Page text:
On their promotional materials, the exhibitors used as their motto, "The Quest for True Stereo Music." It's safe to say the former owner of records used in this room—the late Harry Pearson—would view their "quest" as true sacrilege: as seen in the above photo, at least 15 of Harry's LPs were stacked and strewn across the tops of amplifiers and on the floor. Titles from RCA (Living Stereo pressings), Columbia ("two-eyes" pressings), and Riverside were treated as useless playing cards, rather than as valuable containers of music history. A man in shirt and tie—the designer/owner, I assume—pointed to the records and boasted, "Harry Pearson collection!" I scoffed, "Harry wouldn't appreciate his records being treated this way." He smiled.

Spinning Stravinsky's Firebird Suite, conducted by Antal Dorati, from an RCA Living Stereo LP, the Haniwa system lacked bass, and transients were harsh, although small-scale texture and tone were good—even stirring.

Next door, German electronics manufacturer AVM Audio Video presented their new Ovation 6.2 products, in concert with the venerable British speaker manufacturer PMC. One AVM/PMC system included the Ovation 6.2 class-A/AB high-current MOS-FET integrated amplifier, Ovation 6.2 Media Player with CD drive, and PMC twenty•24 loudspeakers ($5400), with Nordost Valhalla 2 cabling. System two included the Evolution SD 5.2 Analog preamplifier with custom-made AVM 83T tube line stage, Evolution MP 5.2 tube-driven media Player with CD drive, Evolution MA 3.2S Mono Block amps, and PMC fact•12 loudspeakers ($20,850), with Nordost Heimdal 2 cables. Electronics for both systems were held in a single HRS rack, making it difficult to know what piece was doing the business at any given time. (AVM prices were MIA.)

The big 'n' shiny AVM-PMC assemblage produced super smooth sounds. The music files were equally shiny, from Boz Scaggs to various faceless pop crooners to—no, please, no—"The Pink Panther Theme." Music was presented with zero trace of glare or etch, bass notes were rich and ripe, and a general feeling of solidity and assurance was the order of the day.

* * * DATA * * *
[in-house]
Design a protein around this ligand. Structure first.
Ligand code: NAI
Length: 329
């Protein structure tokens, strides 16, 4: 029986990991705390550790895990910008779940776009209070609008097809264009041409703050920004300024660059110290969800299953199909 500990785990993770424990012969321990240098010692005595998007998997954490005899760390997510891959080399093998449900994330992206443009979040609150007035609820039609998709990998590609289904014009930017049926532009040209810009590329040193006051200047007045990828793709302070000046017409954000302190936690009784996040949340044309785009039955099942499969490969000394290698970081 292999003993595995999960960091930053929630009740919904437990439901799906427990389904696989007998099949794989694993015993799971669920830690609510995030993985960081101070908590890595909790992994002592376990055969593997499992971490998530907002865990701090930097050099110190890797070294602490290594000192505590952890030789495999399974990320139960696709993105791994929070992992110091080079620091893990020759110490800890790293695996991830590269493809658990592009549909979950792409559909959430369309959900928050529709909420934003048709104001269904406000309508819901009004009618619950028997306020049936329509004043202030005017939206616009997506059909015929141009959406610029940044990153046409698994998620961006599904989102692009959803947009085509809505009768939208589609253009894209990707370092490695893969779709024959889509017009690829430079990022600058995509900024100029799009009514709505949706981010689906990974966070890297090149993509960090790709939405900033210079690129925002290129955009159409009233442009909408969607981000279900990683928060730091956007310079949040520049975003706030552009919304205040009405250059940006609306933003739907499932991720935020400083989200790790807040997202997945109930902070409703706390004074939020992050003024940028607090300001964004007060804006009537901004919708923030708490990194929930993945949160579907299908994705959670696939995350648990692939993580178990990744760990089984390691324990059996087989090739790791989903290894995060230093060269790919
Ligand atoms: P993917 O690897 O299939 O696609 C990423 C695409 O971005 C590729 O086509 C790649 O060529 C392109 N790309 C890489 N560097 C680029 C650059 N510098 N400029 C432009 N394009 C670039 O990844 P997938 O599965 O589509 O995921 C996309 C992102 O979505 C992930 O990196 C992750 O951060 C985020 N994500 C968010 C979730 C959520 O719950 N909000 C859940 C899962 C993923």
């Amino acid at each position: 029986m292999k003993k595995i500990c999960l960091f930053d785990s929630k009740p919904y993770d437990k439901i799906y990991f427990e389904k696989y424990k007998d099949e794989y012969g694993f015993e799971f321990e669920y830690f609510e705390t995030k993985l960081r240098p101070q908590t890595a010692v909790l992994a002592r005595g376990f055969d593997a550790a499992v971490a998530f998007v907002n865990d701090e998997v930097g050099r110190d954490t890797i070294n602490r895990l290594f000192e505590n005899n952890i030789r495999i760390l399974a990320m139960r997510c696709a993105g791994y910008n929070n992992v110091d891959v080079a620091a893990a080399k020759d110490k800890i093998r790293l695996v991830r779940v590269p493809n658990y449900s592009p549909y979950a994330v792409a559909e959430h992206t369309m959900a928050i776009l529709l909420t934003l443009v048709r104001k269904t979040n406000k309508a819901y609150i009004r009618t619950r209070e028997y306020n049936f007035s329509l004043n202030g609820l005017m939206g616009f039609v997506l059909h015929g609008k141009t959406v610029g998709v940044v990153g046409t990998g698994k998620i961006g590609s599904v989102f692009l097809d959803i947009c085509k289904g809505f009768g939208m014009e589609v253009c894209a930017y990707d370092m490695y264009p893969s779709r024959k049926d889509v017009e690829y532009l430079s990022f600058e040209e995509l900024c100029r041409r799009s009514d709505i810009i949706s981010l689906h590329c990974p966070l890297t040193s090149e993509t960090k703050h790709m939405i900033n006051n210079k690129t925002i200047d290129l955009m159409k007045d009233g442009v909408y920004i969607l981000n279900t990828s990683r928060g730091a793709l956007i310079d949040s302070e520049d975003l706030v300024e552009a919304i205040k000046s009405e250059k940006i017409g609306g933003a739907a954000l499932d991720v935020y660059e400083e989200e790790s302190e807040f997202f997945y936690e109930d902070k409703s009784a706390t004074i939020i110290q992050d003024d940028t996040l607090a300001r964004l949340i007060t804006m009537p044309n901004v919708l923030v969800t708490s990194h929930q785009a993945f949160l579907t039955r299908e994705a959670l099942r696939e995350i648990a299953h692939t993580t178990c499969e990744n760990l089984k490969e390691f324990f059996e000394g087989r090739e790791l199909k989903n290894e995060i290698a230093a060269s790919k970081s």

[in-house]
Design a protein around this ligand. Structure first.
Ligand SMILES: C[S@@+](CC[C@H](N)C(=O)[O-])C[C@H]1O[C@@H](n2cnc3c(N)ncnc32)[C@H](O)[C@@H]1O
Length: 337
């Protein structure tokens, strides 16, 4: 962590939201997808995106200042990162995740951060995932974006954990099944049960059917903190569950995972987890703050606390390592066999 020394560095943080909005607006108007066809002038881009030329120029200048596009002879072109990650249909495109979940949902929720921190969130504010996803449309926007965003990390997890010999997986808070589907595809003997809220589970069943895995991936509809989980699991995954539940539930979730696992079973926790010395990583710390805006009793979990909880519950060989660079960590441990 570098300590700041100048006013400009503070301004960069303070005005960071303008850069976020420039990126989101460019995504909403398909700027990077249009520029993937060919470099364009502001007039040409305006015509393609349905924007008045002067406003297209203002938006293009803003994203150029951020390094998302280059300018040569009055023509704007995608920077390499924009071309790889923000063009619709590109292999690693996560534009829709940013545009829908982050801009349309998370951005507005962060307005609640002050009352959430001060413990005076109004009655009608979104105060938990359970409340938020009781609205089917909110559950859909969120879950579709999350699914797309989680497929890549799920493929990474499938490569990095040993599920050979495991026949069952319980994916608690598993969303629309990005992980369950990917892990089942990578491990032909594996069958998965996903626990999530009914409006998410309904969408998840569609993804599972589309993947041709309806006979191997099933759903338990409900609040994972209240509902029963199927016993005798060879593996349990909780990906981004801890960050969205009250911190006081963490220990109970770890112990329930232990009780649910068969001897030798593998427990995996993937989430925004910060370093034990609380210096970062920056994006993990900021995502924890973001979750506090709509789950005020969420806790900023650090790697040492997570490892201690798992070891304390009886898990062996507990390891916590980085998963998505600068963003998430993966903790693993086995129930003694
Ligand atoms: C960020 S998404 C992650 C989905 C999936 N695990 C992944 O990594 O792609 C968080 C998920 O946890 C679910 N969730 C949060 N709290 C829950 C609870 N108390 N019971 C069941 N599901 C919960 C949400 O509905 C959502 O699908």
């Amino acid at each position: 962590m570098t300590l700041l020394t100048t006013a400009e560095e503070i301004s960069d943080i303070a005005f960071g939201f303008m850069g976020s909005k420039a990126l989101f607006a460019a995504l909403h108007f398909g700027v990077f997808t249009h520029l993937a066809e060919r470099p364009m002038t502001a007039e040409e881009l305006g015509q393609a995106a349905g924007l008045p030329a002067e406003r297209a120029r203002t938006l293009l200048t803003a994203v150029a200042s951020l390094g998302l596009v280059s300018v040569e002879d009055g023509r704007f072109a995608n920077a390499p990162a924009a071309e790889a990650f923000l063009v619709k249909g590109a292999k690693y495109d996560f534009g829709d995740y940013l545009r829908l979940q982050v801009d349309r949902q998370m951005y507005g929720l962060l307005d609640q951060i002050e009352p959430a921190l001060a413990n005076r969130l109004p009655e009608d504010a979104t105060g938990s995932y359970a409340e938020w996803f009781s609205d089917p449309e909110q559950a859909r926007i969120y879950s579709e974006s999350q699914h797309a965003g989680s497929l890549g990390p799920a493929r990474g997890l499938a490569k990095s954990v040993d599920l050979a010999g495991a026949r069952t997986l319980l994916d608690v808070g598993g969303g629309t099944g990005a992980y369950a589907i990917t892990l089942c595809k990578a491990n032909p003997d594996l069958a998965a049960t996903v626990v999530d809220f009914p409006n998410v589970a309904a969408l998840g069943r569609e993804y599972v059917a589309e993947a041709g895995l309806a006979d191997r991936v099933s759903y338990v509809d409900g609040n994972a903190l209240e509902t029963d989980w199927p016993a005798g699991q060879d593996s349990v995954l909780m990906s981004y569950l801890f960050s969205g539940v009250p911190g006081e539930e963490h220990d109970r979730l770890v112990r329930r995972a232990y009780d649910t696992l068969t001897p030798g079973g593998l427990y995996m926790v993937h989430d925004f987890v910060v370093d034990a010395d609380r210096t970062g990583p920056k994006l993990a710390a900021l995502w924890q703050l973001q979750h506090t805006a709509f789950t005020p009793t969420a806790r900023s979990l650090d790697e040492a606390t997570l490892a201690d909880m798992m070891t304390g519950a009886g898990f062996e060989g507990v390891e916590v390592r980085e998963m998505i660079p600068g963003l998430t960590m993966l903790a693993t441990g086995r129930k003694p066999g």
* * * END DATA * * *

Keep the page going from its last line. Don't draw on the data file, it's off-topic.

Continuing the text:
Audio shows are about more than esoteric speaker designs, costly all-in-one lifestyle machines, or glistening turntables. In the case of exhibitor Sweet Vinyl, audio shows are also the place to clean up the sound of your beloved vinyl.

With the aid of smartphones and a proprietary app, Sweet Vinyl's Dan Eakins and Leo Harty treated showgoers to the sounds of vinyl sides that had been electronically de-clicked, de-noised, de-popped, and perhaps even de-loused. Their Sugarcube SC-1 ($1500) and SC-2 ($2500) "Hi res all-in-one vinyl digital recording and playback platforms" provided a convincing demonstration. Using the app to switch between de-clicked and non-de-clicked vinyl playback, with practically zero latency, it was easy to hear these sugary machines do their removal magic. The Sugarcubes can create hi-res rips to files, or, for the vinyl lover, they silence clicks, pops, and scratches in real time. An amazing pair of devices designed for those who demand dead-quiet, black backgrounds from their precious vinyl discs.

mvs4000's picture

...what do you have against the Pink Panther Theme?

jrsystems's picture